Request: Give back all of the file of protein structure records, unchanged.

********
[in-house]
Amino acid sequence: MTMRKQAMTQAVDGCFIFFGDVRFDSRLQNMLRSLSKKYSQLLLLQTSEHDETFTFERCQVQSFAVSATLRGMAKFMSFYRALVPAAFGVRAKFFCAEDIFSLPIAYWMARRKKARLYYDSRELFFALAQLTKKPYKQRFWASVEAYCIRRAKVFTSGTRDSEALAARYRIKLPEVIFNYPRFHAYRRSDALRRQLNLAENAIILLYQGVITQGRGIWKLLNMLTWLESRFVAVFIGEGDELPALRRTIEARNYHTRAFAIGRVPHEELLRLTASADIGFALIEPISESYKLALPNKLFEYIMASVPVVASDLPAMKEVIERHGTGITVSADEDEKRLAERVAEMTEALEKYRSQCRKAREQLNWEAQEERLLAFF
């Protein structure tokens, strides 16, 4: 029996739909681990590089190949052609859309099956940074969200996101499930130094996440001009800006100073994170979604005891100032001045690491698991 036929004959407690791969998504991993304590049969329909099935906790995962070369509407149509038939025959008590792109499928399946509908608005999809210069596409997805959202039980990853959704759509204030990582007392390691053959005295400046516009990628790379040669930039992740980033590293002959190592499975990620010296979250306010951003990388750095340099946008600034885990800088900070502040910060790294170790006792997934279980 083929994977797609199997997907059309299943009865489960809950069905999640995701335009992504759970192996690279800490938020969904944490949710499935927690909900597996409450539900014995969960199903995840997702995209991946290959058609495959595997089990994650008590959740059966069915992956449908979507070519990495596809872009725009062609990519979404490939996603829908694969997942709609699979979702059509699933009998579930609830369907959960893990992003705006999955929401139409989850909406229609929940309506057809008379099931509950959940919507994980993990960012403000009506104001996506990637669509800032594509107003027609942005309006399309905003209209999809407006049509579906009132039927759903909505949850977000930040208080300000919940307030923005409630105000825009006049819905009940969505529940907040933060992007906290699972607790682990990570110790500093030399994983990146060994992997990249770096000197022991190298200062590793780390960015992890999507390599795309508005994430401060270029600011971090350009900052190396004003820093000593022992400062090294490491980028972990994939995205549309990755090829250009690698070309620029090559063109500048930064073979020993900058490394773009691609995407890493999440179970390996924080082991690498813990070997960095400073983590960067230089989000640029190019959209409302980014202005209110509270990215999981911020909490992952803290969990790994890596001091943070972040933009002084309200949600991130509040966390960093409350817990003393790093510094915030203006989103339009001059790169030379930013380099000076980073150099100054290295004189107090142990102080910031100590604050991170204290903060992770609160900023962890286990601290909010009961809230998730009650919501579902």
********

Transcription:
[in-house]
Amino acid sequence: MTMRKQAMTQAVDGCFIFFGDVRFDSRLQNMLRSLSKKYSQLLLLQTSEHDETFTFERCQVQSFAVSATLRGMAKFMSFYRALVPAAFGVRAKFFCAEDIFSLPIAYWMARRKKARLYYDSRELFFALAQLTKKPYKQRFWASVEAYCIRRAKVFTSGTRDSEALAARYRIKLPEVIFNYPRFHAYRRSDALRRQLNLAENAIILLYQGVITQGRGIWKLLNMLTWLESRFVAVFIGEGDELPALRRTIEARNYHTRAFAIGRVPHEELLRLTASADIGFALIEPISESYKLALPNKLFEYIMASVPVVASDLPAMKEVIERHGTGITVSADEDEKRLAERVAEMTEALEKYRSQCRKAREQLNWEAQEERLLAFF
């Protein structure tokens, strides 16, 4: 029996739909681990590089190949052609859309099956940074969200996101499930130094996440001009800006100073994170979604005891100032001045690491698991 036929004959407690791969998504991993304590049969329909099935906790995962070369509407149509038939025959008590792109499928399946509908608005999809210069596409997805959202039980990853959704759509204030990582007392390691053959005295400046516009990628790379040669930039992740980033590293002959190592499975990620010296979250306010951003990388750095340099946008600034885990800088900070502040910060790294170790006792997934279980 083929994977797609199997997907059309299943009865489960809950069905999640995701335009992504759970192996690279800490938020969904944490949710499935927690909900597996409450539900014995969960199903995840997702995209991946290959058609495959595997089990994650008590959740059966069915992956449908979507070519990495596809872009725009062609990519979404490939996603829908694969997942709609699979979702059509699933009998579930609830369907959960893990992003705006999955929401139409989850909406229609929940309506057809008379099931509950959940919507994980993990960012403000009506104001996506990637669509800032594509107003027609942005309006399309905003209209999809407006049509579906009132039927759903909505949850977000930040208080300000919940307030923005409630105000825009006049819905009940969505529940907040933060992007906290699972607790682990990570110790500093030399994983990146060994992997990249770096000197022991190298200062590793780390960015992890999507390599795309508005994430401060270029600011971090350009900052190396004003820093000593022992400062090294490491980028972990994939995205549309990755090829250009690698070309620029090559063109500048930064073979020993900058490394773009691609995407890493999440179970390996924080082991690498813990070997960095400073983590960067230089989000640029190019959209409302980014202005209110509270990215999981911020909490992952803290969990790994890596001091943070972040933009002084309200949600991130509040966390960093409350817990003393790093510094915030203006989103339009001059790169030379930013380099000076980073150099100054290295004189107090142990102080910031100590604050991170204290903060992770609160900023962890286990601290909010009961809230998730009650919501579902």